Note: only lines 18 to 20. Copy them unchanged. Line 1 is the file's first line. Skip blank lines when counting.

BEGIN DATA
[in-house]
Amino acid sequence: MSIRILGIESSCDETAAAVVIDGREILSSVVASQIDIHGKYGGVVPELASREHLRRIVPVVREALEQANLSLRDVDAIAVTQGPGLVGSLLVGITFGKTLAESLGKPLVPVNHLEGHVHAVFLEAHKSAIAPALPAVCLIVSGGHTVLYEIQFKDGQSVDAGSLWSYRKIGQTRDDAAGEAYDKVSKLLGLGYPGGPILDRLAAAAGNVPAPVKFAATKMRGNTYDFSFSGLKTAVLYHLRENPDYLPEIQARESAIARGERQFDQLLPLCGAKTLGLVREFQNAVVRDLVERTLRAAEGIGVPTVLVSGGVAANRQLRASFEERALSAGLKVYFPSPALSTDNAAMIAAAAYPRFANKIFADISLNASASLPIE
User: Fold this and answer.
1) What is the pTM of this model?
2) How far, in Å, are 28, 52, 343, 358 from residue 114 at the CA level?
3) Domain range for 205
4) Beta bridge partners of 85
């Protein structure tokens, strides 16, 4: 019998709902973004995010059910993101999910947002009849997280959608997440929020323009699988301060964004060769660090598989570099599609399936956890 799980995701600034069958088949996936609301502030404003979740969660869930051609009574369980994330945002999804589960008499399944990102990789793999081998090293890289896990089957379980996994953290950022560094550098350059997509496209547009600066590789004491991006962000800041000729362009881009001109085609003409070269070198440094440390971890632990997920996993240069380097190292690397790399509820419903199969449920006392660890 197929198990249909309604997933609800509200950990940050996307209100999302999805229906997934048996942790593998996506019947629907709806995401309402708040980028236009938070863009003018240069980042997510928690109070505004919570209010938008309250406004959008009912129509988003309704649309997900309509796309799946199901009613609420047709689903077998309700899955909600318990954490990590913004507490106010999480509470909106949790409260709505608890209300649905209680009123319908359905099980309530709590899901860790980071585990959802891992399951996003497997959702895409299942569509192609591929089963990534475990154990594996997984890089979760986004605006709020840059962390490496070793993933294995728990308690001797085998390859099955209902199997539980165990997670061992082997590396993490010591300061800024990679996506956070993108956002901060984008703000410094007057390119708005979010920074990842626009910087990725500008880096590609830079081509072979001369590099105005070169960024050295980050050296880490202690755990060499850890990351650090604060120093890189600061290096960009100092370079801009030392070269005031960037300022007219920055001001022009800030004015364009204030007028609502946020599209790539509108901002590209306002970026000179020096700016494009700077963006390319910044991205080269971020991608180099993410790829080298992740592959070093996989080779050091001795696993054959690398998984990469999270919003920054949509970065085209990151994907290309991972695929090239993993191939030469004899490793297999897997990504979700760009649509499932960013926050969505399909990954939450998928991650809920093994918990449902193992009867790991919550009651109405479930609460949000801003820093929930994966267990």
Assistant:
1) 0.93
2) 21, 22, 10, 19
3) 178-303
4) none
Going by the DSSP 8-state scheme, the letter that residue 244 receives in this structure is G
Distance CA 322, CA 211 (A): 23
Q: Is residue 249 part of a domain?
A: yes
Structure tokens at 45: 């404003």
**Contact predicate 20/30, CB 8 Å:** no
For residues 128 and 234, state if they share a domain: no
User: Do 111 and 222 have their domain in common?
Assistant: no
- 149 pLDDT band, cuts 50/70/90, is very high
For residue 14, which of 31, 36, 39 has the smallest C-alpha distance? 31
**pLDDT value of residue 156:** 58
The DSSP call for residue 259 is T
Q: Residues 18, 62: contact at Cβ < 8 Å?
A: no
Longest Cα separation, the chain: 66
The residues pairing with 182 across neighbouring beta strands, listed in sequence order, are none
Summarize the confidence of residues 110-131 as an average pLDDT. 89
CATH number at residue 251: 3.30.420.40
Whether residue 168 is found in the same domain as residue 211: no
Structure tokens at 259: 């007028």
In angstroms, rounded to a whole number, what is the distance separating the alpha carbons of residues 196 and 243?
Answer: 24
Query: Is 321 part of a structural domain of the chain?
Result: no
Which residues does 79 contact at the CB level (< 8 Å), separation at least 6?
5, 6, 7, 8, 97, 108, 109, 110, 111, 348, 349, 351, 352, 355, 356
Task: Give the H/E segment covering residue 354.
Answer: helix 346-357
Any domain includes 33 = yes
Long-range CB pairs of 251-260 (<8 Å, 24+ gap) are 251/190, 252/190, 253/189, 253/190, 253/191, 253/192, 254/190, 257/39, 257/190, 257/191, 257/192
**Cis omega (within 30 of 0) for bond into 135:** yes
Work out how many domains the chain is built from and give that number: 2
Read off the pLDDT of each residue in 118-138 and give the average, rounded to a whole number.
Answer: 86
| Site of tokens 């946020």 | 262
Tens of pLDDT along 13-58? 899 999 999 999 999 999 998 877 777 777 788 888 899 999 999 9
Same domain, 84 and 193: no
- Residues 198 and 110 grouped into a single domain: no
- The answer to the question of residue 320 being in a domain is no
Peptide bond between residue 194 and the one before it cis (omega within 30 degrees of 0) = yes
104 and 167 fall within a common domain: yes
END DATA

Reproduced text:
Structure tokens at 45: 């404003």
**Contact predicate 20/30, CB 8 Å:** no
For residues 128 and 234, state if they share a domain: no